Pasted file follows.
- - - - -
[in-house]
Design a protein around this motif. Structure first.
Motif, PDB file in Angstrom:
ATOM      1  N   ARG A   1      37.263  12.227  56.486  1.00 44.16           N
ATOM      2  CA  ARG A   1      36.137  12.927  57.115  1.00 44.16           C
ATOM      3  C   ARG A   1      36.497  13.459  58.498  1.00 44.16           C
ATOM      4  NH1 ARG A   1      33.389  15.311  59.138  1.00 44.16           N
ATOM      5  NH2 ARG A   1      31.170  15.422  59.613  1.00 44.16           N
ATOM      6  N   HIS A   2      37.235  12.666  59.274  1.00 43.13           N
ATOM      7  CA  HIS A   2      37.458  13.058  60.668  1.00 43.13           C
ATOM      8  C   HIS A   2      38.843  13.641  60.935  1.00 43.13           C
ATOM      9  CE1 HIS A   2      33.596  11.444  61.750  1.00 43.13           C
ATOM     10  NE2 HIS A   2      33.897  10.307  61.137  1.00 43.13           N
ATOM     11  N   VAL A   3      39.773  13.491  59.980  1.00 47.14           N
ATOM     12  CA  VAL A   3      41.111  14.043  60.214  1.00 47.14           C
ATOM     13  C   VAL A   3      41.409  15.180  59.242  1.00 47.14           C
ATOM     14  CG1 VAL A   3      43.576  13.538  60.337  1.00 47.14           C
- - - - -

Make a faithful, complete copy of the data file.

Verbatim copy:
[in-house]
Design a protein around this motif. Structure first.
Motif, PDB file in Angstrom:
ATOM      1  N   ARG A   1      37.263  12.227  56.486  1.00 44.16           N
ATOM      2  CA  ARG A   1      36.137  12.927  57.115  1.00 44.16           C
ATOM      3  C   ARG A   1      36.497  13.459  58.498  1.00 44.16           C
ATOM      4  NH1 ARG A   1      33.389  15.311  59.138  1.00 44.16           N
ATOM      5  NH2 ARG A   1      31.170  15.422  59.613  1.00 44.16           N
ATOM      6  N   HIS A   2      37.235  12.666  59.274  1.00 43.13           N
ATOM      7  CA  HIS A   2      37.458  13.058  60.668  1.00 43.13           C
ATOM      8  C   HIS A   2      38.843  13.641  60.935  1.00 43.13           C
ATOM      9  CE1 HIS A   2      33.596  11.444  61.750  1.00 43.13           C
ATOM     10  NE2 HIS A   2      33.897  10.307  61.137  1.00 43.13           N
ATOM     11  N   VAL A   3      39.773  13.491  59.980  1.00 47.14           N
ATOM     12  CA  VAL A   3      41.111  14.043  60.214  1.00 47.14           C
ATOM     13  C   VAL A   3      41.409  15.180  59.242  1.00 47.14           C
ATOM     14  CG1 VAL A   3      43.576  13.538  60.337  1.00 47.14           C